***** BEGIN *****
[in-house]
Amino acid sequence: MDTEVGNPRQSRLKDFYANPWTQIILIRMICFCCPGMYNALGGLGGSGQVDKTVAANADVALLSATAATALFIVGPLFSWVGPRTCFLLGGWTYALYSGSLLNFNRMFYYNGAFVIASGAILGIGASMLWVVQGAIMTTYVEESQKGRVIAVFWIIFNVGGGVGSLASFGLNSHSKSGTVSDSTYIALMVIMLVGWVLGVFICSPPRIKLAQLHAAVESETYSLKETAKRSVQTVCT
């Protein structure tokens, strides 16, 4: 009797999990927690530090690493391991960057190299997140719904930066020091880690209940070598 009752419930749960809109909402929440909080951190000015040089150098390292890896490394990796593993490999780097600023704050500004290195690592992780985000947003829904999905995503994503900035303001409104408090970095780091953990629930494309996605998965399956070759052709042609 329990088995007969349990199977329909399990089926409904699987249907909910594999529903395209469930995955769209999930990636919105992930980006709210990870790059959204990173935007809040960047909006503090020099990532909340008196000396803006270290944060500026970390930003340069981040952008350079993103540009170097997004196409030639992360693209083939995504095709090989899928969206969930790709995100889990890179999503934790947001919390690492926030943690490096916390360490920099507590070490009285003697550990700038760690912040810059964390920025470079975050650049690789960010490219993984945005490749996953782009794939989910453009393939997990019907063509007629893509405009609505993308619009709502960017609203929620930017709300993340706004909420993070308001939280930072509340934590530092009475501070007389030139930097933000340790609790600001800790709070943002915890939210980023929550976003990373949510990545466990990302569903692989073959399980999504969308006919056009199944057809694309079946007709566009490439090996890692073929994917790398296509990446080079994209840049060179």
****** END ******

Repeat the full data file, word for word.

[in-house]
Amino acid sequence: MDTEVGNPRQSRLKDFYANPWTQIILIRMICFCCPGMYNALGGLGGSGQVDKTVAANADVALLSATAATALFIVGPLFSWVGPRTCFLLGGWTYALYSGSLLNFNRMFYYNGAFVIASGAILGIGASMLWVVQGAIMTTYVEESQKGRVIAVFWIIFNVGGGVGSLASFGLNSHSKSGTVSDSTYIALMVIMLVGWVLGVFICSPPRIKLAQLHAAVESETYSLKETAKRSVQTVCT
């Protein structure tokens, strides 16, 4: 009797999990927690530090690493391991960057190299997140719904930066020091880690209940070598 009752419930749960809109909402929440909080951190000015040089150098390292890896490394990796593993490999780097600023704050500004290195690592992780985000947003829904999905995503994503900035303001409104408090970095780091953990629930494309996605998965399956070759052709042609 329990088995007969349990199977329909399990089926409904699987249907909910594999529903395209469930995955769209999930990636919105992930980006709210990870790059959204990173935007809040960047909006503090020099990532909340008196000396803006270290944060500026970390930003340069981040952008350079993103540009170097997004196409030639992360693209083939995504095709090989899928969206969930790709995100889990890179999503934790947001919390690492926030943690490096916390360490920099507590070490009285003697550990700038760690912040810059964390920025470079975050650049690789960010490219993984945005490749996953782009794939989910453009393939997990019907063509007629893509405009609505993308619009709502960017609203929620930017709300993340706004909420993070308001939280930072509340934590530092009475501070007389030139930097933000340790609790600001800790709070943002915890939210980023929550976003990373949510990545466990990302569903692989073959399980999504969308006919056009199944057809694309079946007709566009490439090996890692073929994917790398296509990446080079994209840049060179």